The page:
The following is an email I received from Jim Flanagan with some insight on the qualities of organic and inorganic paint pigments. It has been edited and published with the permission of the author.
The differences between organic and inorganic oil paints is something most artists probably don’t know enough about. I only found out myself less than five or six years ago, but once I did it completely changed my palette and lowered my frustration level in achieving the effects I was trying to get with the paint.
Here are some basic facts:
These are natural pigments like the Cadmiums, Cobalts, Earth Colors, etc. They’re like tiny, opaque rocks and integrate well with mediums (both oils and acrylics) allowing a high pigment load. Organic based paints are also generally opaque which means they have strong covering power.
These are pigments created in the laboratory and include the Pthalocyanines, Quinacidrones, Dioxazenes, Napthols, etc.
Instead of tiny, opaque rocks like the natural colors mentioned above, these pigments resemble tiny, translucent chips of stained glass. They tend to be fussy when mixed with a medium and can’t reach the high pigment load enjoyed by organic hues. They also tend to be transparent, which means that they don’t have the covering power that the organics do.
What this means for the artist
The most important difference is the way organic and inorganic pigments act when you mix tints. If you squeeze out some Cadmium Red Light, say, along with a Napthol Red Light, you’ll see that both colors are somewhat similar in appearance in terms of hue, value, and intensity.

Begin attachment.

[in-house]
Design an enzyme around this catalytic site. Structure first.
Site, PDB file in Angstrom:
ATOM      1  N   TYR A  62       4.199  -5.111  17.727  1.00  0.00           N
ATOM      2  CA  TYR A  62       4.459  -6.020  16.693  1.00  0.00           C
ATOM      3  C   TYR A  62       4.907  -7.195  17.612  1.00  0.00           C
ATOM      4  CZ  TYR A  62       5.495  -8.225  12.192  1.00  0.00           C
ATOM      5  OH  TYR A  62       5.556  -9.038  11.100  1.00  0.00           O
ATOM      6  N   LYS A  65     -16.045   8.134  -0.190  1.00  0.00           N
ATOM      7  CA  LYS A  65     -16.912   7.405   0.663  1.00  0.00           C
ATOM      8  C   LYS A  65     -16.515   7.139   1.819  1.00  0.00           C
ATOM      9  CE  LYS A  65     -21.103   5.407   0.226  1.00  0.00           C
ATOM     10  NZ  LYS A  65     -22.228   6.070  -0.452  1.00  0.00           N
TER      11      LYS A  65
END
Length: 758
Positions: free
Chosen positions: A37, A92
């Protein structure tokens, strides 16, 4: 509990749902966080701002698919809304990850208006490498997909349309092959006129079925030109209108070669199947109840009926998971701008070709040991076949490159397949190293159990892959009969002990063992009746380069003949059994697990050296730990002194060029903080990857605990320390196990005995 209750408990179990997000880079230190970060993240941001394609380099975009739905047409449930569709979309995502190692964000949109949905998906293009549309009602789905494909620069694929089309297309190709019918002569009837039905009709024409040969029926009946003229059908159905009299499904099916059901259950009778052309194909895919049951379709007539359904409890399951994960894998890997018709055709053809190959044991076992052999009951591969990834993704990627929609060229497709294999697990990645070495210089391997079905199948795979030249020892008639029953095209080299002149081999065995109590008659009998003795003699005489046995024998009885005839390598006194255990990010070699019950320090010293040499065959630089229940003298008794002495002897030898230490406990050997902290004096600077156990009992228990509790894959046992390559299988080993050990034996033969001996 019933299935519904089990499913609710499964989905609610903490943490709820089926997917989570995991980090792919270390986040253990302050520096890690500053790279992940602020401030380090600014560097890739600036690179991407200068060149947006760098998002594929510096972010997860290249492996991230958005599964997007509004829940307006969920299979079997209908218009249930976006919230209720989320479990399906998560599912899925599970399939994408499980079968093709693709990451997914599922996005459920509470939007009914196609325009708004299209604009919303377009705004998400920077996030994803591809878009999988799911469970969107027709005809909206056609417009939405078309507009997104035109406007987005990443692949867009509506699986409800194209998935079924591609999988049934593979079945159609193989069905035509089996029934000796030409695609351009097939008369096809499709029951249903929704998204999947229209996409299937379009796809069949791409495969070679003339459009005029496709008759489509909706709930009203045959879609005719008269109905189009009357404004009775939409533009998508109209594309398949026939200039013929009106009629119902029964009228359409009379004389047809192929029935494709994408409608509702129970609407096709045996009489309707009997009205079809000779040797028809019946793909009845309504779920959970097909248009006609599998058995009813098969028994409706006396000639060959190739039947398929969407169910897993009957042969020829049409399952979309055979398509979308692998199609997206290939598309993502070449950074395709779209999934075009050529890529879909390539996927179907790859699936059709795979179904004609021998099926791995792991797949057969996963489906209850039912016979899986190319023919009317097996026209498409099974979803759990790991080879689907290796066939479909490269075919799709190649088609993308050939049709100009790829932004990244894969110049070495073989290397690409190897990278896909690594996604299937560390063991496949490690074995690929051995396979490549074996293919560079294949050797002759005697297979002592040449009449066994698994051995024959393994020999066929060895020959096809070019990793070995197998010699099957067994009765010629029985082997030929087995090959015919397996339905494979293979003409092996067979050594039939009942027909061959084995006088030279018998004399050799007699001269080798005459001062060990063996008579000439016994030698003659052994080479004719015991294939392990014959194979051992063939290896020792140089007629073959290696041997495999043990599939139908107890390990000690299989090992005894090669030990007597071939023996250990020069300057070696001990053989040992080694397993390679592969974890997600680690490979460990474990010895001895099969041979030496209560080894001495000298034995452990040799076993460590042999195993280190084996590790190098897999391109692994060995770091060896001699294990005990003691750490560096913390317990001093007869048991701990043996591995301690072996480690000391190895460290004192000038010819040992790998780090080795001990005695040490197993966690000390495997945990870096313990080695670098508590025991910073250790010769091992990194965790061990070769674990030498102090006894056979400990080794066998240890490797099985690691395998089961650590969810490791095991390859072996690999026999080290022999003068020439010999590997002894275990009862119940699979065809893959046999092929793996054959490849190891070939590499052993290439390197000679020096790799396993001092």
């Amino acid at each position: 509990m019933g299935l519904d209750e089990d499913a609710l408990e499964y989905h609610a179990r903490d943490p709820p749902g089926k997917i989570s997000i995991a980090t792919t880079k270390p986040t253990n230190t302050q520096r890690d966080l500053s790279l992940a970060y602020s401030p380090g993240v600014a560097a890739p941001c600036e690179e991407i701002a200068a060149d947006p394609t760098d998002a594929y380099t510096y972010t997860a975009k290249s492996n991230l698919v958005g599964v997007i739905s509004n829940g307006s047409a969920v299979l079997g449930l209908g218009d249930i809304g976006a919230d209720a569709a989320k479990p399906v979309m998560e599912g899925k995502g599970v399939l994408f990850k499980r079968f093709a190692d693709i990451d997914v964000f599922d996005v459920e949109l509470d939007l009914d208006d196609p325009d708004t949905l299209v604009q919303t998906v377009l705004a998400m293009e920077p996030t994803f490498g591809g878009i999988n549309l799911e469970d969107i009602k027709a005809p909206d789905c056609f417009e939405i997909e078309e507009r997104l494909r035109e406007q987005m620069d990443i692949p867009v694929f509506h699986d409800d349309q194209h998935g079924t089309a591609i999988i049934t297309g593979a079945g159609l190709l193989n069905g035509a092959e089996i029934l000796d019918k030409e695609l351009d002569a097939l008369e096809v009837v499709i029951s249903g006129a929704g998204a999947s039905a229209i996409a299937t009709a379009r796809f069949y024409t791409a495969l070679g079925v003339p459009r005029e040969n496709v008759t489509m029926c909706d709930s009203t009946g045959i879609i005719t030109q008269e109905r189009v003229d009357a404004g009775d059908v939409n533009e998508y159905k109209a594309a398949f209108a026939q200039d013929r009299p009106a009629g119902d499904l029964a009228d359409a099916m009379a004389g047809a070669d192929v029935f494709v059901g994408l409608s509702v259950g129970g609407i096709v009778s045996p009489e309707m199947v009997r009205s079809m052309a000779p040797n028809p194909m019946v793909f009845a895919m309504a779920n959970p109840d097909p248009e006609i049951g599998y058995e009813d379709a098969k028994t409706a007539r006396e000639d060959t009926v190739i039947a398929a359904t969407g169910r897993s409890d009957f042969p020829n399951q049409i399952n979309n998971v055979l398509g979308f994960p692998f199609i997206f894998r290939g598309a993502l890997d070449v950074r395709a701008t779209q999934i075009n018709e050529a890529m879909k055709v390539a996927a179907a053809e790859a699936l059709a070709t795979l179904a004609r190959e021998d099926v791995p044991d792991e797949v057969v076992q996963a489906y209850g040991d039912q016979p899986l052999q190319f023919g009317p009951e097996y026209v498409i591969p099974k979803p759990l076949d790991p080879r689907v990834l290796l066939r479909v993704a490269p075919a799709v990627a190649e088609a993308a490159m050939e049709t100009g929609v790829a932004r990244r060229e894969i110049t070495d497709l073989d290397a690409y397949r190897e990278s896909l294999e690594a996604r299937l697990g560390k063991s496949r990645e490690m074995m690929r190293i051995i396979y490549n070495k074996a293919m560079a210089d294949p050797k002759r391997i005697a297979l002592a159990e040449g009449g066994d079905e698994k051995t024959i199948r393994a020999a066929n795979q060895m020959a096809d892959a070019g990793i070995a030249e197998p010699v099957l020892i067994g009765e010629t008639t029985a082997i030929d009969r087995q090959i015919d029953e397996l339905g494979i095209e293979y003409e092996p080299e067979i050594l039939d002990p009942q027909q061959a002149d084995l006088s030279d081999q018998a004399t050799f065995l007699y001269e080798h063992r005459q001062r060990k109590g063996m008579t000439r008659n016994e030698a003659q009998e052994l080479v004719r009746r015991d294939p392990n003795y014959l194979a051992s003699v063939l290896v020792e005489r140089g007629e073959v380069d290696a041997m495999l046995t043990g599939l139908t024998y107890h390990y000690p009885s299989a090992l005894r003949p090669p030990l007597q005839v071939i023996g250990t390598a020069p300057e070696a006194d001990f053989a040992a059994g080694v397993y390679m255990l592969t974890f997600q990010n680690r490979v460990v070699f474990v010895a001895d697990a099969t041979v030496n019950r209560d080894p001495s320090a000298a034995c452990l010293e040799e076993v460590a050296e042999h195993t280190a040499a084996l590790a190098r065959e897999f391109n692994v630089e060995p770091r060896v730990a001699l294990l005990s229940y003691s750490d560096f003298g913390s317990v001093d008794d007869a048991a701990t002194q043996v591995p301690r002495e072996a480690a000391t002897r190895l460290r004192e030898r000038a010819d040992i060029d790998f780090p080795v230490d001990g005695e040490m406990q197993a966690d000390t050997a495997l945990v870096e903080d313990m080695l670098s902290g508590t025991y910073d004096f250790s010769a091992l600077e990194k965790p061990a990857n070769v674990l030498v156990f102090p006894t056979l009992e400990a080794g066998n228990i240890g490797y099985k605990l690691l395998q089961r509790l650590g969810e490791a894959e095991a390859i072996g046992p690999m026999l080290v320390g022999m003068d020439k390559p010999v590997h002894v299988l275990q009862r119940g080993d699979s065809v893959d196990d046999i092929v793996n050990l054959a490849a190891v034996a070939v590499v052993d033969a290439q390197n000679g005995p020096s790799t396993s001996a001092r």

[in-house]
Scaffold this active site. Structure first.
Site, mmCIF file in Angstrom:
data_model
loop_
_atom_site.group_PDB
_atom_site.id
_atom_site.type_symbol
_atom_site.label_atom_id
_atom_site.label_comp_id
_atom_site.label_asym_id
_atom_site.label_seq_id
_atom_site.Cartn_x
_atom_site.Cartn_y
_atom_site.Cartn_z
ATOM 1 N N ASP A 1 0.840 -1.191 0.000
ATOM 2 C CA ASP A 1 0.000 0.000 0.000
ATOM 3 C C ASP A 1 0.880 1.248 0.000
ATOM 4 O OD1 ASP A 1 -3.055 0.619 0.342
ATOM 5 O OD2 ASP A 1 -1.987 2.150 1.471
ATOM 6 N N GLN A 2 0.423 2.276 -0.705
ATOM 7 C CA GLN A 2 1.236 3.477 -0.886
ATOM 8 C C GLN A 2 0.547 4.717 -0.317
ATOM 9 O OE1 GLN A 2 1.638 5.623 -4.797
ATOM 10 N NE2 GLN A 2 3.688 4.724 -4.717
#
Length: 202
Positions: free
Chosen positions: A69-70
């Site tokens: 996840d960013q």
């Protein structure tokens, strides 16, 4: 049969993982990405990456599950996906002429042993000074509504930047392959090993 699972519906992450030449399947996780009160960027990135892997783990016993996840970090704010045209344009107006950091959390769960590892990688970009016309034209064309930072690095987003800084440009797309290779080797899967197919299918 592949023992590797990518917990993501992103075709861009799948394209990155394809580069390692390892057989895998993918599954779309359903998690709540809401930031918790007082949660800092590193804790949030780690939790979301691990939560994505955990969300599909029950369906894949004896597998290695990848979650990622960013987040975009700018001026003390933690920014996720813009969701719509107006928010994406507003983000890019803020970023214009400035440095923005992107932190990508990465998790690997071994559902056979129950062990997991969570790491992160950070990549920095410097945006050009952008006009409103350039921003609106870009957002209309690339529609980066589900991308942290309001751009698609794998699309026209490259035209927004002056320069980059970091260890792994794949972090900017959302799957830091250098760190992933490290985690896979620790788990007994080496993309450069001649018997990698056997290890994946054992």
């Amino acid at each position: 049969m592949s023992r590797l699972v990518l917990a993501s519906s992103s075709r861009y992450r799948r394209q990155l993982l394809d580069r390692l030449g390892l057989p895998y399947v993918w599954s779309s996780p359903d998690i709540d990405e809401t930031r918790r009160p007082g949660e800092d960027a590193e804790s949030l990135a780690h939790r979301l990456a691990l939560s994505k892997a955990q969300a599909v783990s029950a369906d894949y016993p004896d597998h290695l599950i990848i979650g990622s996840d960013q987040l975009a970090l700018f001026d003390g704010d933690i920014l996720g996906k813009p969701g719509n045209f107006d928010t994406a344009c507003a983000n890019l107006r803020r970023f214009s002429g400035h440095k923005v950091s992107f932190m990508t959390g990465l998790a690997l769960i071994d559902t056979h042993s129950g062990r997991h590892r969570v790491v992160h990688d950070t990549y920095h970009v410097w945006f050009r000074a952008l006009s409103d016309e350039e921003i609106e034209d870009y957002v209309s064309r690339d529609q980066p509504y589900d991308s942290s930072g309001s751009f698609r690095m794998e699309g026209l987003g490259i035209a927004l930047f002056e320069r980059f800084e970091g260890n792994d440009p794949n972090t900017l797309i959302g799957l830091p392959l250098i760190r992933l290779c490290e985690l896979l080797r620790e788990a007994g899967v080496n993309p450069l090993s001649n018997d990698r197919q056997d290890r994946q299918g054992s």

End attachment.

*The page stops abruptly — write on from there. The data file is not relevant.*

But (and this is a big but) when you start cutting the colors with white you’ll notice the intensity (or chroma) of the Cadmium Red drops off sharply as you lighten it in value but the Napthol red stays fairly vivid and intense when you do the same thing.
So if you want to create a light, warm pink for instance, with a fairly high intensity, you’d need to use an inorganic color to get this effect. Organic colors work for the most part in “realistic” paintings of nature because the intensity “fall-off” when mixing tints is naturally seen in nature.
On the other hand, a painter who desires expressive, high intensity colors at various value levels like I do can only achieve these affects with inorganic colors. When I need brilliant reds, oranges, or yellows (or need to cover another color) I’ll use the cadmiums but I rarely use them to make tints unless I want a softer effect.
Incidentally, one of my favorite daydreams is to go back in time to the late 19th century and give Van Gogh a big box containing a full range of modern professional oil colors. Maybe this would have kept him from shooting himself!
-Written by Jim Flanagan of FlanaganStudio.com